Water is one of the most important factors to consider in designing your landscape--its sources and locations will aid you in the placement of plantings of your landscape design. The natural amount of water in your zone also largely affects which plants to choose; a large water supply will allow you to grow plants that are not the hardiest in your landscape environment. Water conservation is a huge part of responsible landscaping.
As you are probably familiar with, a heavy spate of rain does not relieve a drought as well as a slow and steady downfall. Too much water too quickly runs of dry parts of the ground both in a large landscape and in your particular landscape, so remember to give your earth an elongated sprinkle. Considering when you water is another part of becoming a responsible landscaper. Early morning water is the most effective for conservation as the water soaks in rather than evaporates in midday sun. Watering at night precludes the possibility of midday evaporation, but doesn't allow for day light and breeze to air out the wet landscape.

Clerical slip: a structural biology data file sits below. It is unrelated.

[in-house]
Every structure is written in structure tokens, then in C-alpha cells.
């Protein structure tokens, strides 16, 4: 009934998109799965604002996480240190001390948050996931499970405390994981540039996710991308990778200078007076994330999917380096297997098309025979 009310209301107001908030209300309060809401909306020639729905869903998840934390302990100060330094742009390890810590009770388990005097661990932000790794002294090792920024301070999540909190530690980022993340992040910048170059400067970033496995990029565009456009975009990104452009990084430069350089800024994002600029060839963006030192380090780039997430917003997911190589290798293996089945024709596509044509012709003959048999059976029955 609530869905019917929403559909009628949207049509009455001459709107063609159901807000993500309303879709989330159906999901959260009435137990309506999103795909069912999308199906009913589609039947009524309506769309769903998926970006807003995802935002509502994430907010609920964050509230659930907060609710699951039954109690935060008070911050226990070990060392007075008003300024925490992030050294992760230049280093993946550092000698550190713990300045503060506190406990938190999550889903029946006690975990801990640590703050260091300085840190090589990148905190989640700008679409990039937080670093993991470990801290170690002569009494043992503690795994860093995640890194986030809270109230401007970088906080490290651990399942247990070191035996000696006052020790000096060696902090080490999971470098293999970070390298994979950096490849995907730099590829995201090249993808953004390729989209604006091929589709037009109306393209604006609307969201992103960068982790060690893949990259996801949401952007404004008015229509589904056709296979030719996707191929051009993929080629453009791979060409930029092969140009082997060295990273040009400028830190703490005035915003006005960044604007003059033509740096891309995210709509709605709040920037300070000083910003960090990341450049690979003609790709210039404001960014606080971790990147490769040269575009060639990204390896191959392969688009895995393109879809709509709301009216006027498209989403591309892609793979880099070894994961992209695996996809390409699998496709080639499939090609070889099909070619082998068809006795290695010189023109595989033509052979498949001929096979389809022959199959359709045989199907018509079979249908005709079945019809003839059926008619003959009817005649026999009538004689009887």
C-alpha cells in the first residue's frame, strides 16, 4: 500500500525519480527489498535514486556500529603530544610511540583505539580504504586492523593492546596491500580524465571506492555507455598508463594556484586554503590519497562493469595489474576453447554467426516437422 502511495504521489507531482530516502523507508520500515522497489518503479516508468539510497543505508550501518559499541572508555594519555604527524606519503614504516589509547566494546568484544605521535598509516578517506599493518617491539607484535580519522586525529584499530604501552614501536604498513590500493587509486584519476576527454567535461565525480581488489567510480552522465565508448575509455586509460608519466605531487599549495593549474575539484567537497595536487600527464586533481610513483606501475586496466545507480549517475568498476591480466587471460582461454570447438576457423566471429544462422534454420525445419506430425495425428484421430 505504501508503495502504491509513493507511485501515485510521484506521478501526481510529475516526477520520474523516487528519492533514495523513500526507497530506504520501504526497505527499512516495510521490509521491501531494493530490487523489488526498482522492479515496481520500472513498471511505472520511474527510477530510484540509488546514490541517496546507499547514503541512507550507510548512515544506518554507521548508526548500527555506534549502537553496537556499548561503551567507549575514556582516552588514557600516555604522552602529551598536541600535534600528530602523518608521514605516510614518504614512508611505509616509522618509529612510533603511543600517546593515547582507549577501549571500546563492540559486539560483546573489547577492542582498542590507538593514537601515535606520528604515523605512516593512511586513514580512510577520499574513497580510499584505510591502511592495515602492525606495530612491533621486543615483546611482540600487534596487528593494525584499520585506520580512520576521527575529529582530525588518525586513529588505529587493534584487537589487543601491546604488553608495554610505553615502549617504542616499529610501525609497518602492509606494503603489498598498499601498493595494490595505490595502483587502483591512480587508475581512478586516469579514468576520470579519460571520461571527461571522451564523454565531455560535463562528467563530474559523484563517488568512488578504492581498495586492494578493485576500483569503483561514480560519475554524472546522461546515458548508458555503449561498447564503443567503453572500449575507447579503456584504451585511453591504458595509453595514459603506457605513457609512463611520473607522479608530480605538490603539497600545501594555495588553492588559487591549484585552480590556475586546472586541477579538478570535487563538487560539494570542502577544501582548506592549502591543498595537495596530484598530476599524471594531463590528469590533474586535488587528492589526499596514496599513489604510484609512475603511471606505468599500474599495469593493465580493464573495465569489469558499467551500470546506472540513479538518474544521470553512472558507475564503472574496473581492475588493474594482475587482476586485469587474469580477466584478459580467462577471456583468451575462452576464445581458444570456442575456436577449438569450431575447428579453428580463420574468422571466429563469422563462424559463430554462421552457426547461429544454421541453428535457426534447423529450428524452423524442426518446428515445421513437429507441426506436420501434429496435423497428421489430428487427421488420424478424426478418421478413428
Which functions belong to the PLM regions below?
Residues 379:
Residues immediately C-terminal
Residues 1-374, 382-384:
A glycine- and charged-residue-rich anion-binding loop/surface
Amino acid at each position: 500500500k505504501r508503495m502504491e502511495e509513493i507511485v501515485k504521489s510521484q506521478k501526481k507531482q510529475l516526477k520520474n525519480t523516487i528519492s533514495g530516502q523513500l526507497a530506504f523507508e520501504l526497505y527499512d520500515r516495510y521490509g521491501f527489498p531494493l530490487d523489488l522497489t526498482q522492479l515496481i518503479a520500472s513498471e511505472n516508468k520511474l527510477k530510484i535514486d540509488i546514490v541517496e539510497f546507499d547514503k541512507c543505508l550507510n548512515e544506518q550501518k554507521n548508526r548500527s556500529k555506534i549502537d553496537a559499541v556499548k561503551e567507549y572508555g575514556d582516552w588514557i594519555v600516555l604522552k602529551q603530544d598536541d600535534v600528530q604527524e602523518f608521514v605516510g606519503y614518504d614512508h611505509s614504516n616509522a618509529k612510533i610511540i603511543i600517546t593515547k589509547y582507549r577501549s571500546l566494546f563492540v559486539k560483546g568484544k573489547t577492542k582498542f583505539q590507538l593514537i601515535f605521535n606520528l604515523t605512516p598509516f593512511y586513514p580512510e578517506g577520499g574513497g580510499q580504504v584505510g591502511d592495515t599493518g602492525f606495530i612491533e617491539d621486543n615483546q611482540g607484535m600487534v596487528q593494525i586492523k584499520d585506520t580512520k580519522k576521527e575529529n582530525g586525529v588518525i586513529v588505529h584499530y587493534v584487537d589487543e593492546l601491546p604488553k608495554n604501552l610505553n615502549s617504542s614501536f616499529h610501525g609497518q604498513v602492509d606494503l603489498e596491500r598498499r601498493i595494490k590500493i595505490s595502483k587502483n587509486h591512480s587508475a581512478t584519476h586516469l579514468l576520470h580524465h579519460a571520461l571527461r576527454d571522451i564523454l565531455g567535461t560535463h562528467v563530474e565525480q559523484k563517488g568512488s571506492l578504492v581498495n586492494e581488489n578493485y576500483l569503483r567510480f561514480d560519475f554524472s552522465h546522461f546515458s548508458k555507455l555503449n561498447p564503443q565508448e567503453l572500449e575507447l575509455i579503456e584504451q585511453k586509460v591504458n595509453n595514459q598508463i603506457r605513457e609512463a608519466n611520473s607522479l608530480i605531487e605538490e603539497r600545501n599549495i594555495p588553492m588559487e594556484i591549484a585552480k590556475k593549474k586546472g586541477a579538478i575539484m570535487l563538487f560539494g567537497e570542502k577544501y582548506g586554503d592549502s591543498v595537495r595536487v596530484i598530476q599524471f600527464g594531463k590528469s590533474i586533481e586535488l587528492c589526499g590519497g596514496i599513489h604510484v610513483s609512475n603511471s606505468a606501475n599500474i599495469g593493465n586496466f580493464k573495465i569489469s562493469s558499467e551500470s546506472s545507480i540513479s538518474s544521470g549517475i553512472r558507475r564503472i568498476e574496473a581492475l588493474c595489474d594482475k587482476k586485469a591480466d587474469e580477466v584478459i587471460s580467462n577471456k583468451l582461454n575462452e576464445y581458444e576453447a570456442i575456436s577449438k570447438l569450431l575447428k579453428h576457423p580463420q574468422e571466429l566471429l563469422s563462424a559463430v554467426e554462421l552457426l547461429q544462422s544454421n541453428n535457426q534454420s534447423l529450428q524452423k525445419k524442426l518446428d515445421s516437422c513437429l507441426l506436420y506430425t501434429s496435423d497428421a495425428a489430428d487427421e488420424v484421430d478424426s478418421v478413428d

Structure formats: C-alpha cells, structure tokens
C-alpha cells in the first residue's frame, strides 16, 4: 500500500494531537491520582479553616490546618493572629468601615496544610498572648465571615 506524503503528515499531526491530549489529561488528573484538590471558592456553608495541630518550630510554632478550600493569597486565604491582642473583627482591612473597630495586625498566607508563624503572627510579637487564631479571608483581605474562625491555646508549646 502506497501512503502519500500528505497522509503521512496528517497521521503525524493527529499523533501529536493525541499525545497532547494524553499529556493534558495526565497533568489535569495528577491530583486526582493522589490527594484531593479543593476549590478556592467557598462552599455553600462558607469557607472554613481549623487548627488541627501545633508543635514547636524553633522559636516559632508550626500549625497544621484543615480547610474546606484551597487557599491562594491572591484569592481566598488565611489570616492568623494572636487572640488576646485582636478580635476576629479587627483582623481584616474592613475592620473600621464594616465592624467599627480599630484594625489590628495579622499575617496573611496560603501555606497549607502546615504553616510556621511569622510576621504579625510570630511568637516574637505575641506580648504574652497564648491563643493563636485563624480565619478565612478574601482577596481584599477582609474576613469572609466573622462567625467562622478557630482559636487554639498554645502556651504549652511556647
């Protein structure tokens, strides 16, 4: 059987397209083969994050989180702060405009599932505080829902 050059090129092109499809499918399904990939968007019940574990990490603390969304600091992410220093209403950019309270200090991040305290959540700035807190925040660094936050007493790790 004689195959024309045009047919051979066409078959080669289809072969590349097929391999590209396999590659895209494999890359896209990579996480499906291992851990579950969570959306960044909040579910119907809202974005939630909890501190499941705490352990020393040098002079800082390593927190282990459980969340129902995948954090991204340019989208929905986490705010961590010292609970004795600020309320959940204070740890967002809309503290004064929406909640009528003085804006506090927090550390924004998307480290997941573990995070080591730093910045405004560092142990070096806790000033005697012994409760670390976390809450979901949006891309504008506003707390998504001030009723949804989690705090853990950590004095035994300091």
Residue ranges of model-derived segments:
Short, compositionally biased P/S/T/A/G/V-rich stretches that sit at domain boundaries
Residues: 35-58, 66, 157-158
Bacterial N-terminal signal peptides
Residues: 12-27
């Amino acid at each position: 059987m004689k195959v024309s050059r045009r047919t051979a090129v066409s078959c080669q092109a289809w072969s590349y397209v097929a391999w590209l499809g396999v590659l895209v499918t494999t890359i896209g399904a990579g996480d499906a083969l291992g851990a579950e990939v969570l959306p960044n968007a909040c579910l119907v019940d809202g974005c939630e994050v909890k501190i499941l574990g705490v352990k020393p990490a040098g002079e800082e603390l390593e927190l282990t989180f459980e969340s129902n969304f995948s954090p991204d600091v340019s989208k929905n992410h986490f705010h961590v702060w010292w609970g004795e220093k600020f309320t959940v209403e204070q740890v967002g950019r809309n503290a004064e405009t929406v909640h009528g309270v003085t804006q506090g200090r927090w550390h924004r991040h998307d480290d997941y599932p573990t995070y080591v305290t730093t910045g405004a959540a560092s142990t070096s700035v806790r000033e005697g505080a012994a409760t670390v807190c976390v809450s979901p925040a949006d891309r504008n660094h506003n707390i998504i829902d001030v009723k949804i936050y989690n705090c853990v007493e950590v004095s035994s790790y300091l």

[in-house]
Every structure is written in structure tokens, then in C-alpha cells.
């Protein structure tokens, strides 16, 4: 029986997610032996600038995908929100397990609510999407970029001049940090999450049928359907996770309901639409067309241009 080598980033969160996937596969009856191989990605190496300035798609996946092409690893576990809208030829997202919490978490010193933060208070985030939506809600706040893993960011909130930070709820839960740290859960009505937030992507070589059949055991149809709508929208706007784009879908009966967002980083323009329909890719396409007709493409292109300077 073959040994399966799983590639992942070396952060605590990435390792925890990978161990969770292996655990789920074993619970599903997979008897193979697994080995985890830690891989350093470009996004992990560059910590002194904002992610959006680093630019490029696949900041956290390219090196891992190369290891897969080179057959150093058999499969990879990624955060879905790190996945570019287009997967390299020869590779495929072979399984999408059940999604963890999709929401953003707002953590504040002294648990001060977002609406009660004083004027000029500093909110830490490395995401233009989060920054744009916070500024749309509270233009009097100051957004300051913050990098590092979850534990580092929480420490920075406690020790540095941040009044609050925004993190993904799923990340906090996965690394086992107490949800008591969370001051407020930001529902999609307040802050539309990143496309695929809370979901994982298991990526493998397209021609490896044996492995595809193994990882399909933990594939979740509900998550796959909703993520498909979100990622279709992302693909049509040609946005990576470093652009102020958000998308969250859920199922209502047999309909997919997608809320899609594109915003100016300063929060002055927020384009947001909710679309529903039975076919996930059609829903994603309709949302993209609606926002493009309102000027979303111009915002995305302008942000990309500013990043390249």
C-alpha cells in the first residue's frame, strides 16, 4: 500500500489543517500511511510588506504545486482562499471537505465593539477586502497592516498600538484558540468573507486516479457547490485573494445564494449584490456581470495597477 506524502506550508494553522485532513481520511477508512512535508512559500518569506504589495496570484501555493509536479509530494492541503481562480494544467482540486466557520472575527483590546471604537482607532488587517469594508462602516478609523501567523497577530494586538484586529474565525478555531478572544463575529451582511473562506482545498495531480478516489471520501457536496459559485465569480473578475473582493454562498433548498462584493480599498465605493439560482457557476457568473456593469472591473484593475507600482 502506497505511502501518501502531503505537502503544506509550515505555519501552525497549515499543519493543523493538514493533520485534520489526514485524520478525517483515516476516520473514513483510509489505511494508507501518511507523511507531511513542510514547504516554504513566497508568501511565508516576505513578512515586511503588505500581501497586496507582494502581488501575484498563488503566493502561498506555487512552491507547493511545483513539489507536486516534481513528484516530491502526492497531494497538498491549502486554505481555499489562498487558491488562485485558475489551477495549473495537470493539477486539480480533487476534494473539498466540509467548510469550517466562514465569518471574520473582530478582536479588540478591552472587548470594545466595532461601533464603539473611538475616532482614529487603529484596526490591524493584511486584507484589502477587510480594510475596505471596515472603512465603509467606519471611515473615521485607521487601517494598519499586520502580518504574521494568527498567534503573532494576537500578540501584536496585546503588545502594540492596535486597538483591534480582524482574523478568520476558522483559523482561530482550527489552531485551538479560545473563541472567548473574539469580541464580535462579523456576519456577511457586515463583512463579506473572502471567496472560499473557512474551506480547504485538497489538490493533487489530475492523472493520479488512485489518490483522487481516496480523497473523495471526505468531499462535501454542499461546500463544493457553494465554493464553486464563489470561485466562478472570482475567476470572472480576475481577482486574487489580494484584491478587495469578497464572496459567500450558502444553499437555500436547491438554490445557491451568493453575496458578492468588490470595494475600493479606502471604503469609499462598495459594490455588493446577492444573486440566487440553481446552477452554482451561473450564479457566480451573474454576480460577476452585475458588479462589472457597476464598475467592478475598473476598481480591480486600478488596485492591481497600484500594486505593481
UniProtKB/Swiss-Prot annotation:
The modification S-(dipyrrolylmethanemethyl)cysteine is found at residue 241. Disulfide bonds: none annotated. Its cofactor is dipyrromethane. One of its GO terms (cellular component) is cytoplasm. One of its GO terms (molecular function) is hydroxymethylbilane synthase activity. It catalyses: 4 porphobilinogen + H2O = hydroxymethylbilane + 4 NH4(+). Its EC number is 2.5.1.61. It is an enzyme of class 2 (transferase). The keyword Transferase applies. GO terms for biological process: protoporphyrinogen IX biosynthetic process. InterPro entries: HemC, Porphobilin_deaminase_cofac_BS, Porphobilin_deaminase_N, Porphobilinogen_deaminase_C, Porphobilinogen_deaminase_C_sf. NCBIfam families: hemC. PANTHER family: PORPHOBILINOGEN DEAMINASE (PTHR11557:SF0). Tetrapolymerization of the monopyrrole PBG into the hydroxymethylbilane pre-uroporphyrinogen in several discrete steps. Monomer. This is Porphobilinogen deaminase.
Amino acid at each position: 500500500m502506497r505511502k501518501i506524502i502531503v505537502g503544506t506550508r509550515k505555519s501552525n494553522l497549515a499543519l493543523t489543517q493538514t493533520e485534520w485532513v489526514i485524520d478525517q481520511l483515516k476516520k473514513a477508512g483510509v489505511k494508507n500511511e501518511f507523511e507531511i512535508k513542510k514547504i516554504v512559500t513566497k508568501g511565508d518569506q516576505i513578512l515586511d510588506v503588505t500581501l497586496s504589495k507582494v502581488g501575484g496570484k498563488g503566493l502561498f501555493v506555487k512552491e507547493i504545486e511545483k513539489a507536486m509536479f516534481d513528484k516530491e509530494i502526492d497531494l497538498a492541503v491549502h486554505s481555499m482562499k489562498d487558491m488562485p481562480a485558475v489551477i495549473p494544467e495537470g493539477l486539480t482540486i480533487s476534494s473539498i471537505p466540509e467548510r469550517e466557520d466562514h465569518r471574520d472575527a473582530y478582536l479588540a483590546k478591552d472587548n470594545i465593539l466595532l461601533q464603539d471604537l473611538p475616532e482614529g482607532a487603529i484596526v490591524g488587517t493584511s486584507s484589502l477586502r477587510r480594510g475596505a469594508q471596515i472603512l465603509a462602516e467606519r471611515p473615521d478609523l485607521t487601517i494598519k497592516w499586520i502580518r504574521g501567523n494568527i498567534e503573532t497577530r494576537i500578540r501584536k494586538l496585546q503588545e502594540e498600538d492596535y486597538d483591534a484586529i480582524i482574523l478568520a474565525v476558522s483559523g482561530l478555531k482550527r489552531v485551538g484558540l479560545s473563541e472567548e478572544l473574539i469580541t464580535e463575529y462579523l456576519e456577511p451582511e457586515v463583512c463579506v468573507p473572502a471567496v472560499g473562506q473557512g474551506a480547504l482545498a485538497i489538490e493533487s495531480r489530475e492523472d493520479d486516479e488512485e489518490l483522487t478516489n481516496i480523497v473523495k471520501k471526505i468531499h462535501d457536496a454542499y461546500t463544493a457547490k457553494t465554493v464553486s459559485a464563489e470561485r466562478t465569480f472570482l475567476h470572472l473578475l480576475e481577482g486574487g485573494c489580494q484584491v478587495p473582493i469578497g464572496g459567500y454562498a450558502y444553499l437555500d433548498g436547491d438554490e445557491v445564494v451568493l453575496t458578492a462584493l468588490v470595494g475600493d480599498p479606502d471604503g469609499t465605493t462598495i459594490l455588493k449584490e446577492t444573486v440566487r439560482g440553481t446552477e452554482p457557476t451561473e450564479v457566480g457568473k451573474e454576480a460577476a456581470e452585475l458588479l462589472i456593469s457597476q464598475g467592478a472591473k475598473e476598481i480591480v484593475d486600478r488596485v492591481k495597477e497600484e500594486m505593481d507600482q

If your climate is naturally hot and dry you will need to apply a more global landscape design, such as xeriscaping in which drought resistant plants are grouped and thirsty ground covers like grass are eliminated from the landscape design and replaced with mulch or garden stones.